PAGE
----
Each Thanksgiving causes me -- as well as you, probably -- to reflect on all that we are thankful for. While I would love to write something each day in November as Sandy is doing, I can't find the time to squeeze in a blog each day when I have so much going on. So as I think of it and get the time, I will do as many as I can.
Two of the most important people that I am grateful for in my life were my parents.
|Charles & Philippa Muller|
While they weren't perfect parents (who has those???) they did the best they could raising seven kids with little money. Dad worked full time whenever and wherever he could get it so Mom could stay home to raise us.
What Mom and Dad did instill in each of us is a responsibility to work and provide for ourselves. I often hear the Japanese or Chinese accredited with "a great work ethic." Looking at my brothers and sisters, I have to say all of us have come away with a great work ethic. Our parents did not shower us with everything we wanted and this instilled in us an eagerness to get out and earn our own money so WE could purchase what we wanted. It also taught us to respect our belongings because we really did have to earn them. All of us learned to work and never expected others to provide for us. In fact, we were taught to provide for those less fortunate than ourselves as well.
We also learned to serve others without receiving anything in return. Dad was a volunteer fireman. Mom and Dad were volunteer ambulance drivers and EMTs. If a family was in need, we were all asked to give up our toys, our clothes or our bedding to help those that lost them in a fire. Meals were provided or we had families over for dinner.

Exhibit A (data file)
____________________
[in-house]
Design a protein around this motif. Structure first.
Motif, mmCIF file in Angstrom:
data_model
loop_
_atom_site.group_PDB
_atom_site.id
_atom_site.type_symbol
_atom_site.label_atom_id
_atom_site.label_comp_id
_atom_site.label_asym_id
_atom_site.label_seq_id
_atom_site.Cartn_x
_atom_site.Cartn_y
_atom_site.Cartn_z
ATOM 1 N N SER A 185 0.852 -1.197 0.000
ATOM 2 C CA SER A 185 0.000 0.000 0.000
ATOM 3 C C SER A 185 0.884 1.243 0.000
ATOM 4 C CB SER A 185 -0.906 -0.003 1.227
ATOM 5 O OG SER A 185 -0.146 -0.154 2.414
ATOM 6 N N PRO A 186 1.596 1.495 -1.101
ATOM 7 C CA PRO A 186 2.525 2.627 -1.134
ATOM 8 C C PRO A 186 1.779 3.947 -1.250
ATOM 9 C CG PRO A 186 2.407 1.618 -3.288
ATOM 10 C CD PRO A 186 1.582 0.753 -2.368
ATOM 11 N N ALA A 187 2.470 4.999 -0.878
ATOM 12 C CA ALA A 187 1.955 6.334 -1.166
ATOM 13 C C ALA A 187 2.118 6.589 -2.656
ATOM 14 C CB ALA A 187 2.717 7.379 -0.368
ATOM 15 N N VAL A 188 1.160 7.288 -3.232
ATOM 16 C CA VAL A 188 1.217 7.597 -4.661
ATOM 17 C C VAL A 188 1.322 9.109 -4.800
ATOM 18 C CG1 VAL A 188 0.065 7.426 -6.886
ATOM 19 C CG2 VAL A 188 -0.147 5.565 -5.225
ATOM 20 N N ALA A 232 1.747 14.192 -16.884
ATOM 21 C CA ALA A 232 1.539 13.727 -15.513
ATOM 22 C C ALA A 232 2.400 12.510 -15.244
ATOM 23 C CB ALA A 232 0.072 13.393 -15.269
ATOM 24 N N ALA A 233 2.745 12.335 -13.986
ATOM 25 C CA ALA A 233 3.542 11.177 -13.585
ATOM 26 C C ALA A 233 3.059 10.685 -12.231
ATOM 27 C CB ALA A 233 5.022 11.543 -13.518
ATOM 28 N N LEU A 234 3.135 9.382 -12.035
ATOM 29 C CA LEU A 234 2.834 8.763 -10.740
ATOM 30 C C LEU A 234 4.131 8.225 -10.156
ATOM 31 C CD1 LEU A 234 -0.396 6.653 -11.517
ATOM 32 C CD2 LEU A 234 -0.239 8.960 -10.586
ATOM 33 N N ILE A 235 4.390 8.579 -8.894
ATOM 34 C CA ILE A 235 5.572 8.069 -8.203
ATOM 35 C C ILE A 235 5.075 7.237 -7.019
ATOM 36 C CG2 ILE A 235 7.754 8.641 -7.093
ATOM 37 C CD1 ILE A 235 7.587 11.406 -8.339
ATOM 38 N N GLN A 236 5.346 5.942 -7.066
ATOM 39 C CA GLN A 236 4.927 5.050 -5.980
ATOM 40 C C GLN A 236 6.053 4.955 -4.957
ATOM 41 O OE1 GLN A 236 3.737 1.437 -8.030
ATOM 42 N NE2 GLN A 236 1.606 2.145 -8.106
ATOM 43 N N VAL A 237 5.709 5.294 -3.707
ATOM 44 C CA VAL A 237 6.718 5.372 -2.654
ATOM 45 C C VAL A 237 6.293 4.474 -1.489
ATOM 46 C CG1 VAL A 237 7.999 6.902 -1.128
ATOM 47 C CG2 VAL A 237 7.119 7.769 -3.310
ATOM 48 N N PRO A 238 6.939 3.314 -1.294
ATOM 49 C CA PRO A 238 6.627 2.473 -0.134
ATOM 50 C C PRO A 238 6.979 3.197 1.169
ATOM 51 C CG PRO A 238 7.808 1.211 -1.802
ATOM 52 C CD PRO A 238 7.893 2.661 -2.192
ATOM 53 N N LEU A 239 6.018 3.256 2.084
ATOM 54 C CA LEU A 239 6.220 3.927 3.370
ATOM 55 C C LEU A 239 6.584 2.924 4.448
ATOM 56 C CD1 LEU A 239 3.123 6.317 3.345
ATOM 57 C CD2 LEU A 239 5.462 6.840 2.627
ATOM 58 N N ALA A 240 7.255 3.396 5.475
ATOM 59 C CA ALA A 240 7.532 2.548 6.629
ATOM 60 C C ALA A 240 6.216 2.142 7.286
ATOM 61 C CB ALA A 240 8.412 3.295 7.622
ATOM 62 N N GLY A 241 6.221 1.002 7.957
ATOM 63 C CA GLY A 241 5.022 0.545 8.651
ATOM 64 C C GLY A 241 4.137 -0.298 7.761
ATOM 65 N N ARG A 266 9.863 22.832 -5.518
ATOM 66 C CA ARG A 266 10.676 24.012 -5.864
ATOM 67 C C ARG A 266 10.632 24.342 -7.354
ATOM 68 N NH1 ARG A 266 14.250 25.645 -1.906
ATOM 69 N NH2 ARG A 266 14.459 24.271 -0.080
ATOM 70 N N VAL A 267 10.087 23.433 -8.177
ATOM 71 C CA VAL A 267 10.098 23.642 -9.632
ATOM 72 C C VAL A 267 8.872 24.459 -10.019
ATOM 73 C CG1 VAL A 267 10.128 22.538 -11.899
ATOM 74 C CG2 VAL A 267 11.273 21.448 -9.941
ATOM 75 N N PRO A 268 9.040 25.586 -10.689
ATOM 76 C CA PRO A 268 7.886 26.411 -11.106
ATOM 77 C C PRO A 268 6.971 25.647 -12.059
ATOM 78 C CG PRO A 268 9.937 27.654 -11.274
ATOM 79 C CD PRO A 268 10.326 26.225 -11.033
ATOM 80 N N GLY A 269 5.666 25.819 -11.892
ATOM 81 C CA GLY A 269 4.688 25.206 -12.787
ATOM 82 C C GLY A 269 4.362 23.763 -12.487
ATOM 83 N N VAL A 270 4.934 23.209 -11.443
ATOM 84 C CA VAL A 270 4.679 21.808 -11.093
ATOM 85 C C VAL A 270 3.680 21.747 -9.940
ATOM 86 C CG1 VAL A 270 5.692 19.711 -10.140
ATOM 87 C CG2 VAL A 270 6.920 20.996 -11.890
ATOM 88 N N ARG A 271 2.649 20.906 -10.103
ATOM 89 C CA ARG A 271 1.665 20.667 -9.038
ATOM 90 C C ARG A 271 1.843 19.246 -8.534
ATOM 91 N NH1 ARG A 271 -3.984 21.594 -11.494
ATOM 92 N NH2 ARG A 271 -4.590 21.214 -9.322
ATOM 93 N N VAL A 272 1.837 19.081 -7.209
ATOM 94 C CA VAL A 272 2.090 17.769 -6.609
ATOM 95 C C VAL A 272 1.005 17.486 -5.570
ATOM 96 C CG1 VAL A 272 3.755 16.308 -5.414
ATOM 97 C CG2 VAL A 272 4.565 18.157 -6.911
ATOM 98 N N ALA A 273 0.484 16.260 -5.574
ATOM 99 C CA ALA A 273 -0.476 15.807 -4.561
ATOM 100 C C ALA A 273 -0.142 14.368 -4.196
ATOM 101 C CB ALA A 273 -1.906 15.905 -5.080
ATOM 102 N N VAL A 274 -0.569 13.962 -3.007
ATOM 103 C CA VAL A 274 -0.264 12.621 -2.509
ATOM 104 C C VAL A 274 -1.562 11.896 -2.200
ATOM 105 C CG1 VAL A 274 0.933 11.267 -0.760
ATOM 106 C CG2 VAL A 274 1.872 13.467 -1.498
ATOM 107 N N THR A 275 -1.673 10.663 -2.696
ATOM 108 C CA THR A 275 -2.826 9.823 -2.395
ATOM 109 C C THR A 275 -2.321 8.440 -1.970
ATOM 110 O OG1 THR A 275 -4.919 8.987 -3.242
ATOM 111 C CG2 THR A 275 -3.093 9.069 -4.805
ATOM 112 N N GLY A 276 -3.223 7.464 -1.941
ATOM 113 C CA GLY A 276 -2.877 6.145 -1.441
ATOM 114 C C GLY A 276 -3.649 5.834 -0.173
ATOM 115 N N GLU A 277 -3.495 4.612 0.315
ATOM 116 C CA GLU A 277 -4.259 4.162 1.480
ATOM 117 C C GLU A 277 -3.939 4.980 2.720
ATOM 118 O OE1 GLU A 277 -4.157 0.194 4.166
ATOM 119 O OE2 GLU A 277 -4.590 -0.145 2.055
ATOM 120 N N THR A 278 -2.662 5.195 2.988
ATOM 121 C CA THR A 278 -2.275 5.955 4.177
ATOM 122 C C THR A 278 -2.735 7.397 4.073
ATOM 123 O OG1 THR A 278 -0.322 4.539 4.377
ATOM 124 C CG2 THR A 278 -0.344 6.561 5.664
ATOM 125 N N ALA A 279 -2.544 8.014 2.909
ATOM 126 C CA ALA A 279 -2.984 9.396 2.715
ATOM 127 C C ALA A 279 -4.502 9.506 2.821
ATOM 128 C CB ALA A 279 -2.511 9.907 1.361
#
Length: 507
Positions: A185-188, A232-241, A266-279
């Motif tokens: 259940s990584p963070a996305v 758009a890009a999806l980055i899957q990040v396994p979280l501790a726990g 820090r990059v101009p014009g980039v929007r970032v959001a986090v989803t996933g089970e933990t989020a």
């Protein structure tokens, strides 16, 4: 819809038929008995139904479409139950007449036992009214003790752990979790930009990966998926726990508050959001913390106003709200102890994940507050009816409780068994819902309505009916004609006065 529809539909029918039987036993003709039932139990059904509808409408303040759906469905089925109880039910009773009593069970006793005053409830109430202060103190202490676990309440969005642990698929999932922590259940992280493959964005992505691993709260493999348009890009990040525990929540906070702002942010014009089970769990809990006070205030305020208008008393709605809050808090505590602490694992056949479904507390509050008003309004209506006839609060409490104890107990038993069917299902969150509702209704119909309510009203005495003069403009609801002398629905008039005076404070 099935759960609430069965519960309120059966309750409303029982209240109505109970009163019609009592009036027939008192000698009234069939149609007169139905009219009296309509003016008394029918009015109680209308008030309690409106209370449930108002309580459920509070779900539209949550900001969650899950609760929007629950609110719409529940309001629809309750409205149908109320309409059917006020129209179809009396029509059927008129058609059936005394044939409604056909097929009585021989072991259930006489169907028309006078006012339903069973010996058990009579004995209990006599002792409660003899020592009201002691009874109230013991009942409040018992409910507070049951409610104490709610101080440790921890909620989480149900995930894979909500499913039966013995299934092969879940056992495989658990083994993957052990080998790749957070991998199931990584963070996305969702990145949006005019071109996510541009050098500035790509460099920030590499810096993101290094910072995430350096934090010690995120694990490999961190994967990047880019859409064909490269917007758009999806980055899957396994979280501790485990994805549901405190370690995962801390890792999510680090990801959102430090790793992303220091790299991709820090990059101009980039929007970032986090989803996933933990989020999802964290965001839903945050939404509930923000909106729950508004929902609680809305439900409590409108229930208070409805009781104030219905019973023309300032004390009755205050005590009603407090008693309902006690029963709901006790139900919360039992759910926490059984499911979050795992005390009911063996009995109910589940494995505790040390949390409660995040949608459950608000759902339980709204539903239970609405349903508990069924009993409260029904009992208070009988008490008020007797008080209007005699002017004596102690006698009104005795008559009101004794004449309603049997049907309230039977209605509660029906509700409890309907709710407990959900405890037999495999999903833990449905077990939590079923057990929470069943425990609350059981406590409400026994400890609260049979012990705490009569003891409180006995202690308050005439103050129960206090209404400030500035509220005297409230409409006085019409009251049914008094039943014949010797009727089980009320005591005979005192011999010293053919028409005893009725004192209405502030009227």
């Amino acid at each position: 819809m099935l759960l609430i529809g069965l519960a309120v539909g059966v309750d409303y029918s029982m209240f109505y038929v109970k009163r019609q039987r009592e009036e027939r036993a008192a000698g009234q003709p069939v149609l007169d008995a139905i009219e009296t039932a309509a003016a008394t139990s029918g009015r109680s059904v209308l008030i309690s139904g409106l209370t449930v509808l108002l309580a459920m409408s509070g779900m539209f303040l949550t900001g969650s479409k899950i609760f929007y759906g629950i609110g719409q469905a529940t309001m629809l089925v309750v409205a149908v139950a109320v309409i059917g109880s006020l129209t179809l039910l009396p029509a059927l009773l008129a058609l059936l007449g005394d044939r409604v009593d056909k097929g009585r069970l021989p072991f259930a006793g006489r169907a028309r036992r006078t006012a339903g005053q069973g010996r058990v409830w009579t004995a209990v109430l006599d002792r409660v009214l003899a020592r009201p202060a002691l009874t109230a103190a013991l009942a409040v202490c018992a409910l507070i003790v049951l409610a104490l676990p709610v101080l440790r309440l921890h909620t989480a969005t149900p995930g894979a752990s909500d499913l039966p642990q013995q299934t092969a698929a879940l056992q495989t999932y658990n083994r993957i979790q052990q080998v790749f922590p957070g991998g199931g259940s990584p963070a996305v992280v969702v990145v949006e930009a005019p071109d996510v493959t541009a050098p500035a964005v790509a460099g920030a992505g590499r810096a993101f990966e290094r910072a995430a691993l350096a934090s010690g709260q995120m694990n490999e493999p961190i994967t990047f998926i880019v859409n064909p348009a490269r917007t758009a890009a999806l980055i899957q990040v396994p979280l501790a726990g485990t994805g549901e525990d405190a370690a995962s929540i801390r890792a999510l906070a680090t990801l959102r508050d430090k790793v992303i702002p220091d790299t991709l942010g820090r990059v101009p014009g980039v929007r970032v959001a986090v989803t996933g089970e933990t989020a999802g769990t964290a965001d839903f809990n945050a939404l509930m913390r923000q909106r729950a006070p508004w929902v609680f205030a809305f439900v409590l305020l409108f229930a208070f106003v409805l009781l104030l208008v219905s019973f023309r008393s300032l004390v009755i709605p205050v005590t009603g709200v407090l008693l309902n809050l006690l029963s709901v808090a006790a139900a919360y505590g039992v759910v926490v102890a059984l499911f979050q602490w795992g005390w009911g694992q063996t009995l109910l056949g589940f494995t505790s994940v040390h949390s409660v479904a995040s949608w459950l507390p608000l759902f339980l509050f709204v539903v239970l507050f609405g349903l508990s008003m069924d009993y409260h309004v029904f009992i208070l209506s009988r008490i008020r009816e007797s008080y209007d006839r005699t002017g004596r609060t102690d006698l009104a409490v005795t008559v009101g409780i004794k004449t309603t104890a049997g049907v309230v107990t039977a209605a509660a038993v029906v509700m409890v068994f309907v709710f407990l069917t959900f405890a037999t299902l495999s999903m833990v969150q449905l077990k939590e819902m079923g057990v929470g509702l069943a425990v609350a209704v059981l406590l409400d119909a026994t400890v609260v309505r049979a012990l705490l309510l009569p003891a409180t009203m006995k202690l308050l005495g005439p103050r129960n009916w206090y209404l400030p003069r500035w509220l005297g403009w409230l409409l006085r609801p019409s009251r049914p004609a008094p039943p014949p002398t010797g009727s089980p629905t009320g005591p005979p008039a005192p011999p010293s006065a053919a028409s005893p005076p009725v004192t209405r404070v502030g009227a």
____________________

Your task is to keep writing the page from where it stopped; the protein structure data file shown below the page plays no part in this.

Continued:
Dad worked many jobs to provide for our family. Here he is on the turkey farm with my cousin, Edwin.
I wasn't born yet when he did this, but I have heard stories from my brothers and sisters. Unfortunately, I believe it all ended when the turkey coops flooded and the turkeys all drowned. Dad also worked as carpenter, plumber, cement plant worker and many other jobs to provide for his family. We raised sheep, pigs, chickens, goats and even a bull at one time. I assume these were to provide food and money as I remember shearing the sheep's wool and selling it.
Mom was a stay-at-home mom until I was in my teens. She used to babysit for other families, sew clothing for a woman in town, clean houses and eventually worked in the school cafeteria to provide a means to get by.
Mom and Dad moved to West Shokan from the city -- Woodhaven and Ozone Park in New York. Dad had an acoholic father, so he never drank anything stronger than orange soda most of my life. He would taste champagne at special occasions, but I never knew him to have a glass of beer or wine.
Neither of my parents smoked during my early years growing up. My mom socially smoked in my high school years and I used to tease her that she was caving in to peer pressure.
My younger brother and I came along eight years after the first five so our parents were a bit spent by the time we came along.
Mom and Dad were not overly affectionate with any of us but we knew we were loved. We were provided for and we were taught to value life, honor our elders, respect those in authority over us, and to always be ready to help someone in need.
Those values have carried on throughout our family and probably are responsible for the successful lives we lead. By no means are any of us perfect, nor do we live perfect lives, but we try to do our part to make the world a little better for those both in it and who come behind us without asking for anything in return.
I remember at my dad's funeral, my Uncle George sharing with everyone that "Charlie raised a great bunch of kids and that he would be proud of each of them." I was proud of that statement at the time it was said and I am sure Mom and Dad are both proud of each of us.
For a mom and dad who stuck it out through thick and thin....I am thankful.
Honour thy father and thy mother: that thy days may be long upon the land which the LORD thy God giveth thee.